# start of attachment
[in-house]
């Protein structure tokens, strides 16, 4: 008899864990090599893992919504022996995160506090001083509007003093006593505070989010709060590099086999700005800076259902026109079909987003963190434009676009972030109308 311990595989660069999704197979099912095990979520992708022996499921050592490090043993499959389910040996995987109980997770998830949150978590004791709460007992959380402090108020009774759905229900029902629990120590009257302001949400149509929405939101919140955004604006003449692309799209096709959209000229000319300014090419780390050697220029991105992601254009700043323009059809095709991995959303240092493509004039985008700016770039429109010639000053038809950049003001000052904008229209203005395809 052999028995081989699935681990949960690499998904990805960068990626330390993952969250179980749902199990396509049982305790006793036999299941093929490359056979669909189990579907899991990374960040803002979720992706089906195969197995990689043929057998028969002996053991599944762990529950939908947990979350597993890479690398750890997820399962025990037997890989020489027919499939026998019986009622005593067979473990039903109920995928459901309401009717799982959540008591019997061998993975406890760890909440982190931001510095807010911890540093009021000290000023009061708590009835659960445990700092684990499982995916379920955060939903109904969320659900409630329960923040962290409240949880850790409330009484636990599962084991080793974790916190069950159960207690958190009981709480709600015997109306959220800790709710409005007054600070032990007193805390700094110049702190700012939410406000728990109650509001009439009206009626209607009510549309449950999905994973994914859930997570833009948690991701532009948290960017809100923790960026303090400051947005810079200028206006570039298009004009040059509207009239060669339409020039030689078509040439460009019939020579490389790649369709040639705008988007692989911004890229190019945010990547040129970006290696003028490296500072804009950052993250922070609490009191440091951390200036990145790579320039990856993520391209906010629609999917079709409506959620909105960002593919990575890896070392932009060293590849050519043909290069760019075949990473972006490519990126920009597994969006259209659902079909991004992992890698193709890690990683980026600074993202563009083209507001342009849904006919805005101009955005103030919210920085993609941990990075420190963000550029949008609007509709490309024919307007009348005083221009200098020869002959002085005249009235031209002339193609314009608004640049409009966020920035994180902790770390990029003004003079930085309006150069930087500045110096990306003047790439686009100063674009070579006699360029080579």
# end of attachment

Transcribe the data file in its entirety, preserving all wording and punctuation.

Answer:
[in-house]
């Protein structure tokens, strides 16, 4: 008899864990090599893992919504022996995160506090001083509007003093006593505070989010709060590099086999700005800076259902026109079909987003963190434009676009972030109308 311990595989660069999704197979099912095990979520992708022996499921050592490090043993499959389910040996995987109980997770998830949150978590004791709460007992959380402090108020009774759905229900029902629990120590009257302001949400149509929405939101919140955004604006003449692309799209096709959209000229000319300014090419780390050697220029991105992601254009700043323009059809095709991995959303240092493509004039985008700016770039429109010639000053038809950049003001000052904008229209203005395809 052999028995081989699935681990949960690499998904990805960068990626330390993952969250179980749902199990396509049982305790006793036999299941093929490359056979669909189990579907899991990374960040803002979720992706089906195969197995990689043929057998028969002996053991599944762990529950939908947990979350597993890479690398750890997820399962025990037997890989020489027919499939026998019986009622005593067979473990039903109920995928459901309401009717799982959540008591019997061998993975406890760890909440982190931001510095807010911890540093009021000290000023009061708590009835659960445990700092684990499982995916379920955060939903109904969320659900409630329960923040962290409240949880850790409330009484636990599962084991080793974790916190069950159960207690958190009981709480709600015997109306959220800790709710409005007054600070032990007193805390700094110049702190700012939410406000728990109650509001009439009206009626209607009510549309449950999905994973994914859930997570833009948690991701532009948290960017809100923790960026303090400051947005810079200028206006570039298009004009040059509207009239060669339409020039030689078509040439460009019939020579490389790649369709040639705008988007692989911004890229190019945010990547040129970006290696003028490296500072804009950052993250922070609490009191440091951390200036990145790579320039990856993520391209906010629609999917079709409506959620909105960002593919990575890896070392932009060293590849050519043909290069760019075949990473972006490519990126920009597994969006259209659902079909991004992992890698193709890690990683980026600074993202563009083209507001342009849904006919805005101009955005103030919210920085993609941990990075420190963000550029949008609007509709490309024919307007009348005083221009200098020869002959002085005249009235031209002339193609314009608004640049409009966020920035994180902790770390990029003004003079930085309006150069930087500045110096990306003047790439686009100063674009070579006699360029080579």